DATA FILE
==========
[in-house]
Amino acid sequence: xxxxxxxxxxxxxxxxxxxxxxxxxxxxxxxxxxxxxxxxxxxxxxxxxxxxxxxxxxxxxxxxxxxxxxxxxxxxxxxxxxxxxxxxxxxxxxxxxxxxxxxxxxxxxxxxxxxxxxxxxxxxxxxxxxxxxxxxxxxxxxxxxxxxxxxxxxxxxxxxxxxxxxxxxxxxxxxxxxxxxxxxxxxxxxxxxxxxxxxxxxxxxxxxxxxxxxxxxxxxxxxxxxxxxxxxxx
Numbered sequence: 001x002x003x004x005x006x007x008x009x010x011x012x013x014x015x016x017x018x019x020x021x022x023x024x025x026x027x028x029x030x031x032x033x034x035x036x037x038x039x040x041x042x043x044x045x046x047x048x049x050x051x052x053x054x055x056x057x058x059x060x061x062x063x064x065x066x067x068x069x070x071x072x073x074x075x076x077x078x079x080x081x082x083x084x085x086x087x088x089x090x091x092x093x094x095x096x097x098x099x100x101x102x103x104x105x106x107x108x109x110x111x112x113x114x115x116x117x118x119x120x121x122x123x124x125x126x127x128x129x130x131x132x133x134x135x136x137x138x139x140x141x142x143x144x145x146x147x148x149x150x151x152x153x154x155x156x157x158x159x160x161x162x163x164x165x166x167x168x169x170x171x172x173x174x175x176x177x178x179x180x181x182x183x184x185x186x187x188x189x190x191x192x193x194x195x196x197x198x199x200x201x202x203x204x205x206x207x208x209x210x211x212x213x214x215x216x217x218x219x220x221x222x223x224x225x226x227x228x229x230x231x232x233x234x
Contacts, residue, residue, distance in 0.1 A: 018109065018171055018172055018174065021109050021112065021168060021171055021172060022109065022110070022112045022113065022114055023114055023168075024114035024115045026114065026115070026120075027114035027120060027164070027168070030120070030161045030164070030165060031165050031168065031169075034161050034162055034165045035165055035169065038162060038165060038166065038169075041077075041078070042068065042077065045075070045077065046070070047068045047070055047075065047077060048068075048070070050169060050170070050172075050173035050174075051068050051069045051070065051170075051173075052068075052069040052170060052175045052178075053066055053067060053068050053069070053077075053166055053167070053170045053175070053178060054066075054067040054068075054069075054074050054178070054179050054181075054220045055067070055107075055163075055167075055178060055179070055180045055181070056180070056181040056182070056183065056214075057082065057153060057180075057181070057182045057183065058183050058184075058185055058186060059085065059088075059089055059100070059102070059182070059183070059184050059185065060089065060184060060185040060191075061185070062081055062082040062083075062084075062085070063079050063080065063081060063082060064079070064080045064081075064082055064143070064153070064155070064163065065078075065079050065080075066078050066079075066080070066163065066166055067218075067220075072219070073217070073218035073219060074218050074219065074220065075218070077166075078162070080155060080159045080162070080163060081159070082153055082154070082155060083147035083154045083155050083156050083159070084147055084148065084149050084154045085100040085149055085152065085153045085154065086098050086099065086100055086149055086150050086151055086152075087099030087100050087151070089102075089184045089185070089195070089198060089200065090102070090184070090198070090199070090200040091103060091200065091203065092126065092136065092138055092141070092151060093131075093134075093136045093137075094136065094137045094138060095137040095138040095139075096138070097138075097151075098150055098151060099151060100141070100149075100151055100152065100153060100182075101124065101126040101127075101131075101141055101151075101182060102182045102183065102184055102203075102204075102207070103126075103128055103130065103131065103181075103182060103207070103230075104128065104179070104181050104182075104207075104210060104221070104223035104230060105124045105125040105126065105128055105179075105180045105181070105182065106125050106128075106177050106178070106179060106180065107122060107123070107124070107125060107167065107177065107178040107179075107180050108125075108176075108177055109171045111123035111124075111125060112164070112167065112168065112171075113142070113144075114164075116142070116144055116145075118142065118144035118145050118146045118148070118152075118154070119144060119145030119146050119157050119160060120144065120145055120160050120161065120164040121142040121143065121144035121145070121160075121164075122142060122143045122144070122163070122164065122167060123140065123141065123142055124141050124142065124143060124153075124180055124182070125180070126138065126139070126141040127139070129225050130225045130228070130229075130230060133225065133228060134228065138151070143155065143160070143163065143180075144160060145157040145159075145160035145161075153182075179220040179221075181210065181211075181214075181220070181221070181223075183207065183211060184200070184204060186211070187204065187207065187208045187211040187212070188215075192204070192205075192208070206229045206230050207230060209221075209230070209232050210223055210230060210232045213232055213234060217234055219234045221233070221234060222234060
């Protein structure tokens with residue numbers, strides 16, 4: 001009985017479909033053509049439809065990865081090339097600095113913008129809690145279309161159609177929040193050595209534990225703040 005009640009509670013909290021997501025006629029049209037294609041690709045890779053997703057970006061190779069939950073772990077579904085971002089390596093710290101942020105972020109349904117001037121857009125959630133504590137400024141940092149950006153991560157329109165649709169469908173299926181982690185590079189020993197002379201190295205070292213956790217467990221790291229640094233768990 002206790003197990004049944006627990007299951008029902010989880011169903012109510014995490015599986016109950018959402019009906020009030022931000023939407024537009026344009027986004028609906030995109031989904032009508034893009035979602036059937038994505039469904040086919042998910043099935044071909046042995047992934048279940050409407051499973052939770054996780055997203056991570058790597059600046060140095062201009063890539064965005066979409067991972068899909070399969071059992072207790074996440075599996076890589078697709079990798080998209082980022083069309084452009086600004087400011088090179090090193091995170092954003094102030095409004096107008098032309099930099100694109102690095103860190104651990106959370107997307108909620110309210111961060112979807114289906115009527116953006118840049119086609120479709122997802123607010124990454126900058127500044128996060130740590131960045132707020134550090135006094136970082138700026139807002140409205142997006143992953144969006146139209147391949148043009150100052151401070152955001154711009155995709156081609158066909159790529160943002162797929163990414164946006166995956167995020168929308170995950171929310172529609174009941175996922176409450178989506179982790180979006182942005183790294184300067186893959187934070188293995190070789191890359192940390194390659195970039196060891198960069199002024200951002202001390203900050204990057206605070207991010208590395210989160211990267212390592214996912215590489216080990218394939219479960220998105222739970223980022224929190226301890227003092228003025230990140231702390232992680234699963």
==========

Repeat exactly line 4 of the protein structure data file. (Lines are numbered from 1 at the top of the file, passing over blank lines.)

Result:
Contacts, residue, residue, distance in 0.1 A: 018109065018171055018172055018174065021109050021112065021168060021171055021172060022109065022110070022112045022113065022114055023114055023168075024114035024115045026114065026115070026120075027114035027120060027164070027168070030120070030161045030164070030165060031165050031168065031169075034161050034162055034165045035165055035169065038162060038165060038166065038169075041077075041078070042068065042077065045075070045077065046070070047068045047070055047075065047077060048068075048070070050169060050170070050172075050173035050174075051068050051069045051070065051170075051173075052068075052069040052170060052175045052178075053066055053067060053068050053069070053077075053166055053167070053170045053175070053178060054066075054067040054068075054069075054074050054178070054179050054181075054220045055067070055107075055163075055167075055178060055179070055180045055181070056180070056181040056182070056183065056214075057082065057153060057180075057181070057182045057183065058183050058184075058185055058186060059085065059088075059089055059100070059102070059182070059183070059184050059185065060089065060184060060185040060191075061185070062081055062082040062083075062084075062085070063079050063080065063081060063082060064079070064080045064081075064082055064143070064153070064155070064163065065078075065079050065080075066078050066079075066080070066163065066166055067218075067220075072219070073217070073218035073219060074218050074219065074220065075218070077166075078162070080155060080159045080162070080163060081159070082153055082154070082155060083147035083154045083155050083156050083159070084147055084148065084149050084154045085100040085149055085152065085153045085154065086098050086099065086100055086149055086150050086151055086152075087099030087100050087151070089102075089184045089185070089195070089198060089200065090102070090184070090198070090199070090200040091103060091200065091203065092126065092136065092138055092141070092151060093131075093134075093136045093137075094136065094137045094138060095137040095138040095139075096138070097138075097151075098150055098151060099151060100141070100149075100151055100152065100153060100182075101124065101126040101127075101131075101141055101151075101182060102182045102183065102184055102203075102204075102207070103126075103128055103130065103131065103181075103182060103207070103230075104128065104179070104181050104182075104207075104210060104221070104223035104230060105124045105125040105126065105128055105179075105180045105181070105182065106125050106128075106177050106178070106179060106180065107122060107123070107124070107125060107167065107177065107178040107179075107180050108125075108176075108177055109171045111123035111124075111125060112164070112167065112168065112171075113142070113144075114164075116142070116144055116145075118142065118144035118145050118146045118148070118152075118154070119144060119145030119146050119157050119160060120144065120145055120160050120161065120164040121142040121143065121144035121145070121160075121164075122142060122143045122144070122163070122164065122167060123140065123141065123142055124141050124142065124143060124153075124180055124182070125180070126138065126139070126141040127139070129225050130225045130228070130229075130230060133225065133228060134228065138151070143155065143160070143163065143180075144160060145157040145159075145160035145161075153182075179220040179221075181210065181211075181214075181220070181221070181223075183207065183211060184200070184204060186211070187204065187207065187208045187211040187212070188215075192204070192205075192208070206229045206230050207230060209221075209230070209232050210223055210230060210232045213232055213234060217234055219234045221233070221234060222234060